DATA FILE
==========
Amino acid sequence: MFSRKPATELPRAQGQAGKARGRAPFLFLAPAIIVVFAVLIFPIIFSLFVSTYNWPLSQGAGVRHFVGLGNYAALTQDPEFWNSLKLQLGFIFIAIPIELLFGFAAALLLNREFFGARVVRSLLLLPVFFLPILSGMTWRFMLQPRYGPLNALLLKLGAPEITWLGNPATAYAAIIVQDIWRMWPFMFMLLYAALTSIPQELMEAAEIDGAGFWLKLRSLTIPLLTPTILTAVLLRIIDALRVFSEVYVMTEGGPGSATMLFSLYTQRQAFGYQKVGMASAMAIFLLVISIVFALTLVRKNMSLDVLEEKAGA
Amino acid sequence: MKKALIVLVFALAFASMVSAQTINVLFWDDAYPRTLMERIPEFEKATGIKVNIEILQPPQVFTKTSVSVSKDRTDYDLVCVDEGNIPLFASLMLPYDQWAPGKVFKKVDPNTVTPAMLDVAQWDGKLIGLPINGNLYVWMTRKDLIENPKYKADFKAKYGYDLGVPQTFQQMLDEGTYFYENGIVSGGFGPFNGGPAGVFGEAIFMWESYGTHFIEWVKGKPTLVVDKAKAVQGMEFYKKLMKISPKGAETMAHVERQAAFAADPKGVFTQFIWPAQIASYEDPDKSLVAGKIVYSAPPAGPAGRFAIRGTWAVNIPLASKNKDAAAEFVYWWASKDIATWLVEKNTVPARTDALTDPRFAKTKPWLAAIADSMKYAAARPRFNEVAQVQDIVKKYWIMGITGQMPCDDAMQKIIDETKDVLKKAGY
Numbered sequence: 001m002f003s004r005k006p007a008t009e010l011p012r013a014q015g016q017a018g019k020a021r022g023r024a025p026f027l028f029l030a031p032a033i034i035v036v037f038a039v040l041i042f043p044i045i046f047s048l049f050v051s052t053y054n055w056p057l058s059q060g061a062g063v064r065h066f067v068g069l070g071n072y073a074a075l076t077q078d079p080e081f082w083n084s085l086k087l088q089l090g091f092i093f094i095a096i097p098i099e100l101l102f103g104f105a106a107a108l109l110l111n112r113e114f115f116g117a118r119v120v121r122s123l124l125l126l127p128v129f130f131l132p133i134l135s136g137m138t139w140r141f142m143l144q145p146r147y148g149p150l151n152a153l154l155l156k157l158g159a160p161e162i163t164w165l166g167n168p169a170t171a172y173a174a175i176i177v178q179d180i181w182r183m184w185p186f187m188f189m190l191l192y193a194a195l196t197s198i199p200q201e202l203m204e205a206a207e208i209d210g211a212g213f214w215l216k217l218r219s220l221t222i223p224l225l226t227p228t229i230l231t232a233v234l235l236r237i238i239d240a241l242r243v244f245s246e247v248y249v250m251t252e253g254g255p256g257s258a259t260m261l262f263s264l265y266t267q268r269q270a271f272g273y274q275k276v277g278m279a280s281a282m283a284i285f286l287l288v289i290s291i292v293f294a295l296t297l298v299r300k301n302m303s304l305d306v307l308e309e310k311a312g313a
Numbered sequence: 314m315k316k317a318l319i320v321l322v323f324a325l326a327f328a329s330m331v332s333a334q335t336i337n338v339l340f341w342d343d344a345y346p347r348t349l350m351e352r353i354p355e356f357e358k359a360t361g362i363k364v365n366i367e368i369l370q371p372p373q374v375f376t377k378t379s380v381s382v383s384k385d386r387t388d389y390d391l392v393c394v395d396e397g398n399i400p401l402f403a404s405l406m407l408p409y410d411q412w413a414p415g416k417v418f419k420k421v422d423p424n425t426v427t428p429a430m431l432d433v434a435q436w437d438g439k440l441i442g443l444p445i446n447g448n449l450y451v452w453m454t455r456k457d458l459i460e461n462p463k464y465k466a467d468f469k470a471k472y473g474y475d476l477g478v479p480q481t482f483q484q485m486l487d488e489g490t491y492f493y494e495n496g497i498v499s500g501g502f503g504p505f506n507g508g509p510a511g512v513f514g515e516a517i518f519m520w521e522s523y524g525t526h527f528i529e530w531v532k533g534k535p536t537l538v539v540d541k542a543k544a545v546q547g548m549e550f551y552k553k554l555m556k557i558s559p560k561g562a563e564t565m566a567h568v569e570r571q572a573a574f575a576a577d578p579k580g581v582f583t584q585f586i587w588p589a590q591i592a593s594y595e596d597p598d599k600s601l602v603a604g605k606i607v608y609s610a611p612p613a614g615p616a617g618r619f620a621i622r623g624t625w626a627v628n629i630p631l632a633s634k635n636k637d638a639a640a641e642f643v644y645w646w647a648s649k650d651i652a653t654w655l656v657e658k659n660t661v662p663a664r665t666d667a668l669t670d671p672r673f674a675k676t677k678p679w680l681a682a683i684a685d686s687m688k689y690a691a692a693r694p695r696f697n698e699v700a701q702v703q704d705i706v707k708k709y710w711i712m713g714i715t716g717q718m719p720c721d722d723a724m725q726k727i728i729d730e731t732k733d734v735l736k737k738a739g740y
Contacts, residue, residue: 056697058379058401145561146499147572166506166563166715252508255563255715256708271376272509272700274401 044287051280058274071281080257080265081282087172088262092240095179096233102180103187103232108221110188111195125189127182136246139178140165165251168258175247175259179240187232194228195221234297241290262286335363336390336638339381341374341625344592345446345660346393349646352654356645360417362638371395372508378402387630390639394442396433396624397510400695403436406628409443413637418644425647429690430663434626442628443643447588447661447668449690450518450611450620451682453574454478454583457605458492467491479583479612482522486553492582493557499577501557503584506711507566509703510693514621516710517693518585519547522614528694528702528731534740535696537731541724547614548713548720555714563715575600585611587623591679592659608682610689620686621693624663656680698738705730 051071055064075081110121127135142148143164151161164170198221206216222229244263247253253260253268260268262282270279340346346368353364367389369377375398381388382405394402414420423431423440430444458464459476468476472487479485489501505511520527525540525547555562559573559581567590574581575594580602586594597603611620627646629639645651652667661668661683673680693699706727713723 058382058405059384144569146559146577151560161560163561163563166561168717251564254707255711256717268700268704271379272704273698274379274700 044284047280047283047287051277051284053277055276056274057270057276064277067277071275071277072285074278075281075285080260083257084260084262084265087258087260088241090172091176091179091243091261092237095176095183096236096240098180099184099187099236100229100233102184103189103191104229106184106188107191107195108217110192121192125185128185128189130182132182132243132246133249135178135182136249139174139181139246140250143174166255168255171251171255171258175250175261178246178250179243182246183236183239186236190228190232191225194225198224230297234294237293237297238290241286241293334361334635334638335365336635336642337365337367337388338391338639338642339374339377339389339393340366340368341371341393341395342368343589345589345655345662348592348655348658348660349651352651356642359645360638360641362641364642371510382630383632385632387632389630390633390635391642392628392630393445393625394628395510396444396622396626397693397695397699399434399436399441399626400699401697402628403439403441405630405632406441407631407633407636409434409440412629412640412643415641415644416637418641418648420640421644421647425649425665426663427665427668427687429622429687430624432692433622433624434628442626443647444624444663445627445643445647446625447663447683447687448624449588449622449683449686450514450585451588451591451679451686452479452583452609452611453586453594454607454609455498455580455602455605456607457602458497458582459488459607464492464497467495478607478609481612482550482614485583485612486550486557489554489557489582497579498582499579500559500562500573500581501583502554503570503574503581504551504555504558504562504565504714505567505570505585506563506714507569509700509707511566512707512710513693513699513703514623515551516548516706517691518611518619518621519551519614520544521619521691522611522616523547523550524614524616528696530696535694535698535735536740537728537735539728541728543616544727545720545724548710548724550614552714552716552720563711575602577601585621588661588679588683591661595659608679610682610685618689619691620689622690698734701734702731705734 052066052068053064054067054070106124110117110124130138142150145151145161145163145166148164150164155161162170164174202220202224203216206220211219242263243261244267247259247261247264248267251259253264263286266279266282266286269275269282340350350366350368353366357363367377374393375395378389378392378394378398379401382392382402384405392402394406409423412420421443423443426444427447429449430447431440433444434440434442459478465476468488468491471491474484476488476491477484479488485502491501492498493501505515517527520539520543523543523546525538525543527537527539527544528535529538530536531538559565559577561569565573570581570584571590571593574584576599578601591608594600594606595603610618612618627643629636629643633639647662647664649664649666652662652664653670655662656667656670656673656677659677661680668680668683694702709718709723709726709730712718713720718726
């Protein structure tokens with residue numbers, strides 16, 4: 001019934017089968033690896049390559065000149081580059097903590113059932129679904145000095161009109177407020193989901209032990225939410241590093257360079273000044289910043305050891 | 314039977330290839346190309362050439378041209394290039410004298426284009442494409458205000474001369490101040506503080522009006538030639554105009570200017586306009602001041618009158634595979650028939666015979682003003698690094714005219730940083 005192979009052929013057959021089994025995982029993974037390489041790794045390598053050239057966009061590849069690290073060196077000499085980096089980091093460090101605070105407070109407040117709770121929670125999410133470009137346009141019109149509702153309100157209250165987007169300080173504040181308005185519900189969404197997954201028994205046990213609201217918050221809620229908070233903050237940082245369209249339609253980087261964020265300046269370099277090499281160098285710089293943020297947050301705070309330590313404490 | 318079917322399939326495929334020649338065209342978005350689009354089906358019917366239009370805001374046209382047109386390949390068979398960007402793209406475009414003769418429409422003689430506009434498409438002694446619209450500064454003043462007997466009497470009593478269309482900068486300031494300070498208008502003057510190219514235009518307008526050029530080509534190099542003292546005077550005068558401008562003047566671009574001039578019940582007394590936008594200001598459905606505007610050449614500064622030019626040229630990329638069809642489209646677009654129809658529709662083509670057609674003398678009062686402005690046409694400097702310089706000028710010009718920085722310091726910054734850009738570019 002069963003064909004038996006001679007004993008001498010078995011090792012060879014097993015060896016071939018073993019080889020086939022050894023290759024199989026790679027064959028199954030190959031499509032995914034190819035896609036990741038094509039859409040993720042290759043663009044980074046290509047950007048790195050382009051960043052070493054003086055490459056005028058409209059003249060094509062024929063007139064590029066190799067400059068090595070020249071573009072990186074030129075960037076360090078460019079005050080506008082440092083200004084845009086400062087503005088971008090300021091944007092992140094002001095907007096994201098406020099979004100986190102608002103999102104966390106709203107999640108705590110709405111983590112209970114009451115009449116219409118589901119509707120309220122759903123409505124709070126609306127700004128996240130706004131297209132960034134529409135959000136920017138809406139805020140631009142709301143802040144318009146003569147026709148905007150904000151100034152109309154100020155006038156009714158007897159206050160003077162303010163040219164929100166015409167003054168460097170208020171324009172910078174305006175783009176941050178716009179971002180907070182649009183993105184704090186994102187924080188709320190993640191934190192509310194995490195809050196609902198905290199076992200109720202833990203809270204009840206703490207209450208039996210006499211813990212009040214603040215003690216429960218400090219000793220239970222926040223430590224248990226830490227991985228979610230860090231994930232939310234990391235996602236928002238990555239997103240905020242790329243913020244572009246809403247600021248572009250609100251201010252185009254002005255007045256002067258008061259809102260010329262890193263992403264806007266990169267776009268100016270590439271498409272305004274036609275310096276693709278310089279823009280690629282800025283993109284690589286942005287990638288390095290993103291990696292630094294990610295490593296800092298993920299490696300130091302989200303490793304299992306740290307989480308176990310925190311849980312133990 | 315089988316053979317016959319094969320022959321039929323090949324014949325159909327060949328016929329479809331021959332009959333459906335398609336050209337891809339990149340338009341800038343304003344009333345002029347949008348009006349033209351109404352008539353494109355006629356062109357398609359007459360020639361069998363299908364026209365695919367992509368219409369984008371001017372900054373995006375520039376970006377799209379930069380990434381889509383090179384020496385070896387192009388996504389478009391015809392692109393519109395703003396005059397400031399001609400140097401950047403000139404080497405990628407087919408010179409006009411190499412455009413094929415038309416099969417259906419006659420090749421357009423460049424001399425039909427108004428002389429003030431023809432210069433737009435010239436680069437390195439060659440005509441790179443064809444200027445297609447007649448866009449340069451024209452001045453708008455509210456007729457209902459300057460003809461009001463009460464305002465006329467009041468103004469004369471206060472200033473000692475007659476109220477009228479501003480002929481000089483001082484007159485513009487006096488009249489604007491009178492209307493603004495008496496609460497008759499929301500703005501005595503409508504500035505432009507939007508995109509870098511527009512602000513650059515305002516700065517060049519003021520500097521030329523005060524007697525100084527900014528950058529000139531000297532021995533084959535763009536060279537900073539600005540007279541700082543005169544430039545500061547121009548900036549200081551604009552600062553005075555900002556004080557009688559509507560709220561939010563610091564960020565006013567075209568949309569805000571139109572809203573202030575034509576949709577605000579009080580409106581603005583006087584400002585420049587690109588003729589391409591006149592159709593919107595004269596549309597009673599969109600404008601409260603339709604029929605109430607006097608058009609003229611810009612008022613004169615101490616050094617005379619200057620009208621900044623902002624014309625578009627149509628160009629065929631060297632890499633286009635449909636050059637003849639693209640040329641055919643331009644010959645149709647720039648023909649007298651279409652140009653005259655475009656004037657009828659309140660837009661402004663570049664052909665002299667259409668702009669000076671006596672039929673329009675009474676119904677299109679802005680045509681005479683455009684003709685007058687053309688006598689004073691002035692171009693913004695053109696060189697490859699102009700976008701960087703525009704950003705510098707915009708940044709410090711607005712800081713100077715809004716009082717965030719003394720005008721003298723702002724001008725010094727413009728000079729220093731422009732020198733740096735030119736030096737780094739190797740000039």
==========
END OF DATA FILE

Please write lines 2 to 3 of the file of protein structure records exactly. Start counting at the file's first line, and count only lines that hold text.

Amino acid sequence: MKKALIVLVFALAFASMVSAQTINVLFWDDAYPRTLMERIPEFEKATGIKVNIEILQPPQVFTKTSVSVSKDRTDYDLVCVDEGNIPLFASLMLPYDQWAPGKVFKKVDPNTVTPAMLDVAQWDGKLIGLPINGNLYVWMTRKDLIENPKYKADFKAKYGYDLGVPQTFQQMLDEGTYFYENGIVSGGFGPFNGGPAGVFGEAIFMWESYGTHFIEWVKGKPTLVVDKAKAVQGMEFYKKLMKISPKGAETMAHVERQAAFAADPKGVFTQFIWPAQIASYEDPDKSLVAGKIVYSAPPAGPAGRFAIRGTWAVNIPLASKNKDAAAEFVYWWASKDIATWLVEKNTVPARTDALTDPRFAKTKPWLAAIADSMKYAAARPRFNEVAQVQDIVKKYWIMGITGQMPCDDAMQKIIDETKDVLKKAGY
Numbered sequence: 001m002f003s004r005k006p007a008t009e010l011p012r013a014q015g016q017a018g019k020a021r022g023r024a025p026f027l028f029l030a031p032a033i034i035v036v037f038a039v040l041i042f043p044i045i046f047s048l049f050v051s052t053y054n055w056p057l058s059q060g061a062g063v064r065h066f067v068g069l070g071n072y073a074a075l076t077q078d079p080e081f082w083n084s085l086k087l088q089l090g091f092i093f094i095a096i097p098i099e100l101l102f103g104f105a106a107a108l109l110l111n112r113e114f115f116g117a118r119v120v121r122s123l124l125l126l127p128v129f130f131l132p133i134l135s136g137m138t139w140r141f142m143l144q145p146r147y148g149p150l151n152a153l154l155l156k157l158g159a160p161e162i163t164w165l166g167n168p169a170t171a172y173a174a175i176i177v178q179d180i181w182r183m184w185p186f187m188f189m190l191l192y193a194a195l196t197s198i199p200q201e202l203m204e205a206a207e208i209d210g211a212g213f214w215l216k217l218r219s220l221t222i223p224l225l226t227p228t229i230l231t232a233v234l235l236r237i238i239d240a241l242r243v244f245s246e247v248y249v250m251t252e253g254g255p256g257s258a259t260m261l262f263s264l265y266t267q268r269q270a271f272g273y274q275k276v277g278m279a280s281a282m283a284i285f286l287l288v289i290s291i292v293f294a295l296t297l298v299r300k301n302m303s304l305d306v307l308e309e310k311a312g313a